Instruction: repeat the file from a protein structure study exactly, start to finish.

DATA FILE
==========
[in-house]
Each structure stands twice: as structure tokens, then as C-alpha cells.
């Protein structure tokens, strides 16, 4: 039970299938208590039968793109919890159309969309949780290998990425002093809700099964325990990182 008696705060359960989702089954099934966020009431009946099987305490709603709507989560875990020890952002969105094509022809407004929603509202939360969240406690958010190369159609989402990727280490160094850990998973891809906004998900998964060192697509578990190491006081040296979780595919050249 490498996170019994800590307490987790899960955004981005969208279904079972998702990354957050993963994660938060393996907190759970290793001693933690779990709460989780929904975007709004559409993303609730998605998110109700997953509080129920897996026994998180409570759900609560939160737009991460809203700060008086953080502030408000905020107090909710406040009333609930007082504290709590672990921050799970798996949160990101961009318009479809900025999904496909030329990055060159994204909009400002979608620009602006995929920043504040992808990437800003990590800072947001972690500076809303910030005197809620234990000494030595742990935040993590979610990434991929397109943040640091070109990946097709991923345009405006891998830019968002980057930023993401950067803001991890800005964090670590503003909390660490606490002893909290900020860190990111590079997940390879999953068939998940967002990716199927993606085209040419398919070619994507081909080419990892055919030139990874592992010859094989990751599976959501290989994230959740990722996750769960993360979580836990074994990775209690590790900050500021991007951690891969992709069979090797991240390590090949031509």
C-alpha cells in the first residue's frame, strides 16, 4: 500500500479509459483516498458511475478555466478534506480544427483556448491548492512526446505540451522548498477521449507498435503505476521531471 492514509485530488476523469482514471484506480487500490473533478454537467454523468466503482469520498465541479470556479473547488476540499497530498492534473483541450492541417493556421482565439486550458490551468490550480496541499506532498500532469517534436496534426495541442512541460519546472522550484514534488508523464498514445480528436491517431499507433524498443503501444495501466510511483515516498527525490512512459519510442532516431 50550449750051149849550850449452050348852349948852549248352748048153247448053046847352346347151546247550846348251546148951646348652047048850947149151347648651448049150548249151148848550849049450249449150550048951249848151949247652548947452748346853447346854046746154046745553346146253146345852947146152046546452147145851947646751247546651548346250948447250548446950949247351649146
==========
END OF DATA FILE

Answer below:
[in-house]
Each structure stands twice: as structure tokens, then as C-alpha cells.
């Protein structure tokens, strides 16, 4: 039970299938208590039968793109919890159309969309949780290998990425002093809700099964325990990182 008696705060359960989702089954099934966020009431009946099987305490709603709507989560875990020890952002969105094509022809407004929603509202939360969240406690958010190369159609989402990727280490160094850990998973891809906004998900998964060192697509578990190491006081040296979780595919050249 490498996170019994800590307490987790899960955004981005969208279904079972998702990354957050993963994660938060393996907190759970290793001693933690779990709460989780929904975007709004559409993303609730998605998110109700997953509080129920897996026994998180409570759900609560939160737009991460809203700060008086953080502030408000905020107090909710406040009333609930007082504290709590672990921050799970798996949160990101961009318009479809900025999904496909030329990055060159994204909009400002979608620009602006995929920043504040992808990437800003990590800072947001972690500076809303910030005197809620234990000494030595742990935040993590979610990434991929397109943040640091070109990946097709991923345009405006891998830019968002980057930023993401950067803001991890800005964090670590503003909390660490606490002893909290900020860190990111590079997940390879999953068939998940967002990716199927993606085209040419398919070619994507081909080419990892055919030139990874592992010859094989990751599976959501290989994230959740990722996750769960993360979580836990074994990775209690590790900050500021991007951690891969992709069979090797991240390590090949031509």
C-alpha cells in the first residue's frame, strides 16, 4: 500500500479509459483516498458511475478555466478534506480544427483556448491548492512526446505540451522548498477521449507498435503505476521531471 492514509485530488476523469482514471484506480487500490473533478454537467454523468466503482469520498465541479470556479473547488476540499497530498492534473483541450492541417493556421482565439486550458490551468490550480496541499506532498500532469517534436496534426495541442512541460519546472522550484514534488508523464498514445480528436491517431499507433524498443503501444495501466510511483515516498527525490512512459519510442532516431 50550449750051149849550850449452050348852349948852549248352748048153247448053046847352346347151546247550846348251546148951646348652047048850947149151347648651448049150548249151148848550849049450249449150550048951249848151949247652548947452748346853447346854046746154046745553346146253146345852947146152046546452147145851947646751247546651548346250948447250548446950949247351649146